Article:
• 11/13/2011
    10:21 AM
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Red Lambda: Security Revolution Or Just Evolution?

Security statistics are depressing. The bad guys seem to be overwhelming the good guys, even when the good guys are well-known security vendors. So when an emerging company, such as Red Lambda, claims to have software that significantly improves the odds for the good guys, you need to pay close attention.

At the same time, the IT infrastructure is also undergoing great change because of the adoption of virtualization and cloud technologies, which, among other things, includes increased mobility of both virtual machines and data. That, in turn, increases exposure to potential and actual threats.

Then there is the explosive growth in data not only in volume, but also in variety and velocity. Security has to cover all of this; otherwise, there are gaps that can lead to breaches in data security. Red Lamdba refers to this as the "need for data-driven security for big data IT environments." But what they mean by "big data" is not specific data sources (as it is usually defined by system and storage vendors), but rather the entirety of an enterprise's data.

Red Lambda’s solutions examine all operational data--by which they mean all the metadata--about what is happening in a network environment, including log files. They do not touch the actual business data (such as emails and database transactions) at this time, but operational data is where the anomalies that represent threat vectors can be detected. Operational data sources can include telemetry, traffic, device, sensor, events and transient application data from IT systems, as well as external contextual data such as news, closed caption, weather, social, geographical and global threat feeds.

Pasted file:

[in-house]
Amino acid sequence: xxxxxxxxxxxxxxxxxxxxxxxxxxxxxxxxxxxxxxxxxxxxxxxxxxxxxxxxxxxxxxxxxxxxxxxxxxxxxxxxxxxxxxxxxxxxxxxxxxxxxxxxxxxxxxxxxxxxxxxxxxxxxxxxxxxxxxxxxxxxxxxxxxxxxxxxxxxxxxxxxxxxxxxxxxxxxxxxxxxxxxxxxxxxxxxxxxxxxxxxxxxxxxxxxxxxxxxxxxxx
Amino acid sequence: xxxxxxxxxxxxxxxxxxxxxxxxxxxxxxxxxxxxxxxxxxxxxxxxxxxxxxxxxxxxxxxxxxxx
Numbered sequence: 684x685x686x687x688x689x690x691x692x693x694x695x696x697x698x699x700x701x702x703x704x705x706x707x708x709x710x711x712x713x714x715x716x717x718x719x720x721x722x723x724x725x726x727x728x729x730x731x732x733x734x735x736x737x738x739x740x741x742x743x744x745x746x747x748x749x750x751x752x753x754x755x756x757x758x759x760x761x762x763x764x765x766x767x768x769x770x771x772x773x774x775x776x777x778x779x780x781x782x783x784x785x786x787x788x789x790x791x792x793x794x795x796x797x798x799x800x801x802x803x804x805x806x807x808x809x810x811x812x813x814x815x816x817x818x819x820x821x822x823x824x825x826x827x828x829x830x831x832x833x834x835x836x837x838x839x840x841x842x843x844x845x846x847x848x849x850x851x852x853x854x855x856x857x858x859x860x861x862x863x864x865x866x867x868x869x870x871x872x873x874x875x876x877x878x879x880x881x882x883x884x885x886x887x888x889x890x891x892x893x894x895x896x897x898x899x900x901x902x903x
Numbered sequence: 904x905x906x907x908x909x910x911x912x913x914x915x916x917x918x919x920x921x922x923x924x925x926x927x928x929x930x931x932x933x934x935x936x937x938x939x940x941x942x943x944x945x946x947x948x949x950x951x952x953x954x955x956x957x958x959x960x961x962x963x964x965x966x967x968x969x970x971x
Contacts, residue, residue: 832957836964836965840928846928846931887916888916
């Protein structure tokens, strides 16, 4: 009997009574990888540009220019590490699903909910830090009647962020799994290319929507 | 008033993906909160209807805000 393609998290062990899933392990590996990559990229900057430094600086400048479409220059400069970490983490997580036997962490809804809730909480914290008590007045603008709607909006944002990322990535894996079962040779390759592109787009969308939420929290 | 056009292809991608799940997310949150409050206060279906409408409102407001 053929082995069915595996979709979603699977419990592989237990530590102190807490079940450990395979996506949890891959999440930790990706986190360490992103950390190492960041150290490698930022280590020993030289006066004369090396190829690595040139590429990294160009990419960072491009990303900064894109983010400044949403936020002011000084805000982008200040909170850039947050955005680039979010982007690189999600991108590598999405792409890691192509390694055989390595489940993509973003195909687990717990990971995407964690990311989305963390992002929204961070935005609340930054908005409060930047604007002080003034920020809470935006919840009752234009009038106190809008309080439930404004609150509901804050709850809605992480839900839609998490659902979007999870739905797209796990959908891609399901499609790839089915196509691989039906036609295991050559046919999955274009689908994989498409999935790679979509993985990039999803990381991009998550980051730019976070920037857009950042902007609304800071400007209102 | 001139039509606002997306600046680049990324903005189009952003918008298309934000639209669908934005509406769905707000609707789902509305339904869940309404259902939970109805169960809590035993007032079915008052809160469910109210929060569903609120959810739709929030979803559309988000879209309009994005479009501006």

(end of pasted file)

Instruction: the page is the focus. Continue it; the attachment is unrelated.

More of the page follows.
Red Lambda can also examine streams of incoming data in real time for decision-making, or it can be used to examine what has already happened in the IT information infrastructure so that corrective action can be taken to rectify what has already occurred.

The company’s secret sauce lies in what is called universal anomaly detection in real time (which means before a threat can do its nefarious thing). How can you detect what is bad when you have never seen it before? There are clues, such as attempts to change configuration data or to store executable files. In fact, a post (not real-time) analysis of familiar log data showed that the majority of threats could be detected using log information. Red Lambda does that on torrents of streams of data in real time.

The analytics revolution is well-represented by Red Lambda, which has math gurus designing sophisticated algorithms. For those of you whose eyes glaze over at the sight of high-powered math, please feel free to skip the next paragraph.

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